Knowledge Base

Natural Gas Basis -
Buying / Selling the Basis

The price of natural gas varies dramatically across the US. As such, the "insurance" provided by a Futures contract against the underlying price of natural gas is useful but incomplete. What is needed is a standard agreement which mitigates the second largest component of price risk - the uncertainty between the price at a given location and the price at the Henry Hub. Basis contracts address this component of price risk. A Basis contract is a contract based on the difference in price between a futures contract settlement and the market price of natural gas at a given location for the same delivery period.

The underlying price of natural gas (at the Henry Hub location) is easily determined for each delivery period since related futures contracts are transparently traded on a commodity exchange. However, the market price of natural gas at other locations is not as easily determined. This causes issues - if two parties enter into a contract based on the market price of natural gas at a given location, neither party will be comfortable allowing the other party to define that location's market price. What is required is an independent third party to define the location's market price.There are a number of organizations operating in the US natural gas markets which publish market prices in the form of an index. Indices are price determinations provided by independent third parties for a given location and covering a given delivery period. For example, the average monthly price for a natural gas at the Houston Ship Channel is reported by S&P Global Platt's via it's "Houston ShipChl Mo" index. And the average daily price for natural gas at the Houston Ship Channel is reported by S&P Global Platt's via it's "Houston ShipChl FDt Com" index. S&P Global Platts determines it price for each published index using a published methodology (their "Methodology And Specifications Guide for North American Natural Gas") which involves surveying next month fixed price purchases and sales at each location during "bid week" to set the monthly index (an oversimplification) and next day fixed price purchases and sales at each location to set the daily index. Note that S&P Global Platt's does not necessarily publish both a monthly and a daily index for each location. Moreover, the number of locations for which indices are published is far less than the number of tradable locations. However, the covered locations are dispersed enough to allow for reasonable hedging of location price risk in most situations. In addition, although S&P Global Platt's is the de facto standard in the US for natural gas, other index providers (such as NGI, Argus, etc.) also publish natural gas indices and may have dominant positions in other locales or commodities.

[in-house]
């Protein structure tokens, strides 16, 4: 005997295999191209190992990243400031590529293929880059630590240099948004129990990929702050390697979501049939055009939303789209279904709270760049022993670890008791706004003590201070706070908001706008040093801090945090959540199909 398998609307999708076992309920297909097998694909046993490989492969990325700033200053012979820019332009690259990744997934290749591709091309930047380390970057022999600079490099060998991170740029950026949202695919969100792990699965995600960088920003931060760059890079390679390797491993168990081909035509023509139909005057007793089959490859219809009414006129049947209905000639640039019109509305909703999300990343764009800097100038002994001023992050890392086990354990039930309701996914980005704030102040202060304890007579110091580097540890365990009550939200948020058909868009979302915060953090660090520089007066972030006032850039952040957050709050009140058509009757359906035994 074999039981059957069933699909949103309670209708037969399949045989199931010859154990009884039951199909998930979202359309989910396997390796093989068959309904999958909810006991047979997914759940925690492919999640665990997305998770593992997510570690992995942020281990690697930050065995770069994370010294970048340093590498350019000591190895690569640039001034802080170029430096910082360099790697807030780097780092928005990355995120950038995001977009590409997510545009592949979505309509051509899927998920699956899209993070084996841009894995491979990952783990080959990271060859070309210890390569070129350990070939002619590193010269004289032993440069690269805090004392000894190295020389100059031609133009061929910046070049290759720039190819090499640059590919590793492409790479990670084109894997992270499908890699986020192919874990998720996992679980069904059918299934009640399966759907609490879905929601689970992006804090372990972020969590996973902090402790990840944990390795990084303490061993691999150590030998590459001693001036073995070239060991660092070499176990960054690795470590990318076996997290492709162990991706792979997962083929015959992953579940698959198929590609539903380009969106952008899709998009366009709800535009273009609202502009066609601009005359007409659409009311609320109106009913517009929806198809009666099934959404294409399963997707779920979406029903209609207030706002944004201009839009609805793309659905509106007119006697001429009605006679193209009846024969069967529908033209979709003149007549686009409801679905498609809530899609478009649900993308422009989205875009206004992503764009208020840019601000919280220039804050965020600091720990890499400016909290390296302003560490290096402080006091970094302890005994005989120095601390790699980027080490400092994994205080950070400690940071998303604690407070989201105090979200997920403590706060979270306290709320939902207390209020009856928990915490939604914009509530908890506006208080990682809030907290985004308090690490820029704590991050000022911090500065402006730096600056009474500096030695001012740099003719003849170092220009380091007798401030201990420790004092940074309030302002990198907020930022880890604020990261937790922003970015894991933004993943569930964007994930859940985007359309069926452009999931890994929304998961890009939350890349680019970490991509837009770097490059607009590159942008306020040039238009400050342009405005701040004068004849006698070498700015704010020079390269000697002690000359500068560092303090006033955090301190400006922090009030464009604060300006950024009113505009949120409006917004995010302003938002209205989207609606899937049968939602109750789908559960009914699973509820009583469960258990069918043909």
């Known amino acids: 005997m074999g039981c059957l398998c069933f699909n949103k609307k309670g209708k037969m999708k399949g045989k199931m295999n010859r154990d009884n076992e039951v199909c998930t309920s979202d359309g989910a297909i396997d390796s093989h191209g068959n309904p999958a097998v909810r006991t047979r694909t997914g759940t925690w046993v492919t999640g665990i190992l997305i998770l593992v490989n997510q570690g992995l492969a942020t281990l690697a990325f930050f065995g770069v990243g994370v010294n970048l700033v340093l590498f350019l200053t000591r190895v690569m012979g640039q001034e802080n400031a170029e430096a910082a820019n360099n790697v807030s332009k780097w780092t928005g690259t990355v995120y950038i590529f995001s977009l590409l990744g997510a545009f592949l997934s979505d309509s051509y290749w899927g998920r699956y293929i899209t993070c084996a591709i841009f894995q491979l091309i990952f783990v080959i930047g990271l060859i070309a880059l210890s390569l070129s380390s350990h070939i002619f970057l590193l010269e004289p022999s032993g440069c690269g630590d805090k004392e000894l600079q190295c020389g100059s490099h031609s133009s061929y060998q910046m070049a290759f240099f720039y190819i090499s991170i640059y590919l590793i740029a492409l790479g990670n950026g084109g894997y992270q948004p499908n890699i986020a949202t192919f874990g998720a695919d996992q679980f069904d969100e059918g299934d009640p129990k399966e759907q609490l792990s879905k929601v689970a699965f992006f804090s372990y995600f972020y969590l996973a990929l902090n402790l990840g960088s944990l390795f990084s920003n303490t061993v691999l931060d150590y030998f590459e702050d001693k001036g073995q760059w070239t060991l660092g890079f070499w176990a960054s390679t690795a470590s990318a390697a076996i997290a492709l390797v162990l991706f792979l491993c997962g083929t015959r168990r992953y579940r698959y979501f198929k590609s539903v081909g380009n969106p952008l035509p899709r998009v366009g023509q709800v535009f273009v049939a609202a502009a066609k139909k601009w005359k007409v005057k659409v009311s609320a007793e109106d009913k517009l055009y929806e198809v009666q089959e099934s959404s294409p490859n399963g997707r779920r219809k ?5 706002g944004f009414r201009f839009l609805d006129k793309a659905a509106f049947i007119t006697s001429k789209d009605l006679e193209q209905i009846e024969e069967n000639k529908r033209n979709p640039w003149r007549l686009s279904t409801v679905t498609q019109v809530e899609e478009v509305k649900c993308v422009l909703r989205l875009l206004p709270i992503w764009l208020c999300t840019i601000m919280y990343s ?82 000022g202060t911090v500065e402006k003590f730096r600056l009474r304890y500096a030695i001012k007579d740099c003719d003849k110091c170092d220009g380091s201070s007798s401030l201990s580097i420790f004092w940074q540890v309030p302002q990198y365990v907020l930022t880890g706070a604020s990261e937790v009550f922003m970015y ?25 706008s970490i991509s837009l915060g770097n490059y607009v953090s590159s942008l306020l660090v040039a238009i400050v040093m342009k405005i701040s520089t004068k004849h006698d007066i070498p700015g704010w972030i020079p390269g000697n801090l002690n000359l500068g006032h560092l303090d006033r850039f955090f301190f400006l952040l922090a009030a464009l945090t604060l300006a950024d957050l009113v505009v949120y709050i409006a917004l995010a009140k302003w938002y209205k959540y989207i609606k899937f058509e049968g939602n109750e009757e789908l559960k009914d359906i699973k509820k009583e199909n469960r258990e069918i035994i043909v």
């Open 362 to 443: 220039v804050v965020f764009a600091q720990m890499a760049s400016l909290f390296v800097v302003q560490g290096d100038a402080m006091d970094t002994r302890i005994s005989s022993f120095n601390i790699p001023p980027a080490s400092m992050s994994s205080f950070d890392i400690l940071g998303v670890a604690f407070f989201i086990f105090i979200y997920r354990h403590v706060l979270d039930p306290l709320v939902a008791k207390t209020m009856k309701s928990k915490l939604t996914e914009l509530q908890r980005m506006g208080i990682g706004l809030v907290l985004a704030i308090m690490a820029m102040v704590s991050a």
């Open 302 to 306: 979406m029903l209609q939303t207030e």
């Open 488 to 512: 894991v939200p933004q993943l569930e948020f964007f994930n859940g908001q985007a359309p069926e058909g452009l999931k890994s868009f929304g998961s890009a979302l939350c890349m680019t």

"Buying the Basis" and "Selling the Basis" are examples of industry short hand. "Trading the Basis" requires a bit more information in that a location is required. For example, a trader may choose to "Buy the Katy Basis". In which case, the trade would involve the trader receiving a cash payment based upon the relevant settlement of the S&P Global Platt's Katy IFERC index (specifically, S&P Global Platt's "Katy Mo" index) and making a cash payment based on the NYMEX futures contract.
Every honest transaction (in theory, at least) has a zero Mark-to-Market value for each party as of the time of the transaction. Since all honest transactions represent an equal exchange of market value, a basis transaction's mark-to-market value at the point of inception must be zero. As such, Basis contracts include an adjustment on the LD1 side of the transaction to bring the exchange into balance. In our example of "Buying the Katy Basis", the trader is long the S&P Global Platt's Katy Monthly index and short the NYMEX LD1 index. On any given day, the market will have an opinion on how the Katy index will settle relative to the LD1's settlement. That relative difference is applied to the LD1's price to bring the exchanged values into equivalence (e.g. "Buying the Katy Basis at $0.30").

Basis contracts are one of the most common natural gas derivatives in the US natural gas markets. Basis contracts allow parties to exchange the risk associated with basis locations by exchanging the price at a location for the price at the Henry Hub. Using a combination of Futures and Basis contracts, a party can reduce or remove all (or the majority) of their exposure to price movements.

In fact, using just these two agreements, each of the parties in our Price Risk examples can mitigate their risks. The industrial can buy natural gas futures contracts and basis contracts to convert their feedstock cost to a fixed price at their location, the retailer can either buy or sell basis contracts to convert their supply into a floating price or their sales into a fixed price, and the producer can sell futures and basis contracts to lock in the sales price at their location and therefore their revenue.

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